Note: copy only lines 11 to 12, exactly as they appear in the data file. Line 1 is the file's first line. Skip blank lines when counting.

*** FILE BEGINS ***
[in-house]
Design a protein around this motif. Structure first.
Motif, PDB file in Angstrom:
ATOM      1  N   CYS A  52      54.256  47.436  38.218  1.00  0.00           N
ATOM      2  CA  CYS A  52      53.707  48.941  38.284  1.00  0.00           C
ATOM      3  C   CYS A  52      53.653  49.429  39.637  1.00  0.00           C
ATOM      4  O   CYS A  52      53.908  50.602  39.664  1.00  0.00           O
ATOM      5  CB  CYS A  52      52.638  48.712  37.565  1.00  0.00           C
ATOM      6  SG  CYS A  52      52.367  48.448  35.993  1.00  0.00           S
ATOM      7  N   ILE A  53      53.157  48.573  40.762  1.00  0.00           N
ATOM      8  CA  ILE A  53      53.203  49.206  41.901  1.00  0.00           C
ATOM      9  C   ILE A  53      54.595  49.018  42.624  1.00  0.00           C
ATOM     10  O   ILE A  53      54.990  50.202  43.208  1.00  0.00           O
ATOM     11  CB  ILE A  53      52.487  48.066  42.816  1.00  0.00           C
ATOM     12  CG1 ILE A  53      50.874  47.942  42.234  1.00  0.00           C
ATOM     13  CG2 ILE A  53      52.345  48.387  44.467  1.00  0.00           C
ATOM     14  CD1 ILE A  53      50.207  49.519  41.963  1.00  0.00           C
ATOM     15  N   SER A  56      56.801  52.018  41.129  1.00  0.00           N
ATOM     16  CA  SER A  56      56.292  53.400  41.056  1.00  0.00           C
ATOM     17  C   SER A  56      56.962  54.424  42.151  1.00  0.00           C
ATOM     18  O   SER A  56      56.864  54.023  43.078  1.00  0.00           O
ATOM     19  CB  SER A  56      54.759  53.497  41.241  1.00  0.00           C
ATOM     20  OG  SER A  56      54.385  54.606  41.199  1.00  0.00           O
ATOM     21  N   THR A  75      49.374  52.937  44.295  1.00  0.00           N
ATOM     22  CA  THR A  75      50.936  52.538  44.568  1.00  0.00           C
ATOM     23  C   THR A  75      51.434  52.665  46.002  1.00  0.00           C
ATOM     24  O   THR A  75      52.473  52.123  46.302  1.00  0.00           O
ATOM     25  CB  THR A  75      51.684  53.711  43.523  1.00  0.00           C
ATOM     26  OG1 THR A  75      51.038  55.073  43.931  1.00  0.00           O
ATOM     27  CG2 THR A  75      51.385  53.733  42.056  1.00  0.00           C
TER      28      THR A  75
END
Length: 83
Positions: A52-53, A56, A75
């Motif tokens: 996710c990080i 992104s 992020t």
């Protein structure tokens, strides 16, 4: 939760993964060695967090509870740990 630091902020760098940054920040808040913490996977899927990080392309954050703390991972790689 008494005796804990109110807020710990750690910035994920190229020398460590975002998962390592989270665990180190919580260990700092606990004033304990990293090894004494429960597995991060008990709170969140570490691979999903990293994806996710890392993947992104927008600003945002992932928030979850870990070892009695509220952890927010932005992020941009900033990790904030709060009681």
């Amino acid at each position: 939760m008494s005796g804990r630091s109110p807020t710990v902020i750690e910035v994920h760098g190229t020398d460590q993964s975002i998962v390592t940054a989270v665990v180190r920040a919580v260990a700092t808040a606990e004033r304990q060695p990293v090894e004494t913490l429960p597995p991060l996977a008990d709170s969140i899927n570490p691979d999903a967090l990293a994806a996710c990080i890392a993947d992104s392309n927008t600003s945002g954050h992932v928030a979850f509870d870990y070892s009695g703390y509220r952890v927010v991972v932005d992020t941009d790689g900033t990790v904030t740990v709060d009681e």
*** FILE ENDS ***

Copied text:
ATOM      8  CA  ILE A  53      53.203  49.206  41.901  1.00  0.00           C
ATOM      9  C   ILE A  53      54.595  49.018  42.624  1.00  0.00           C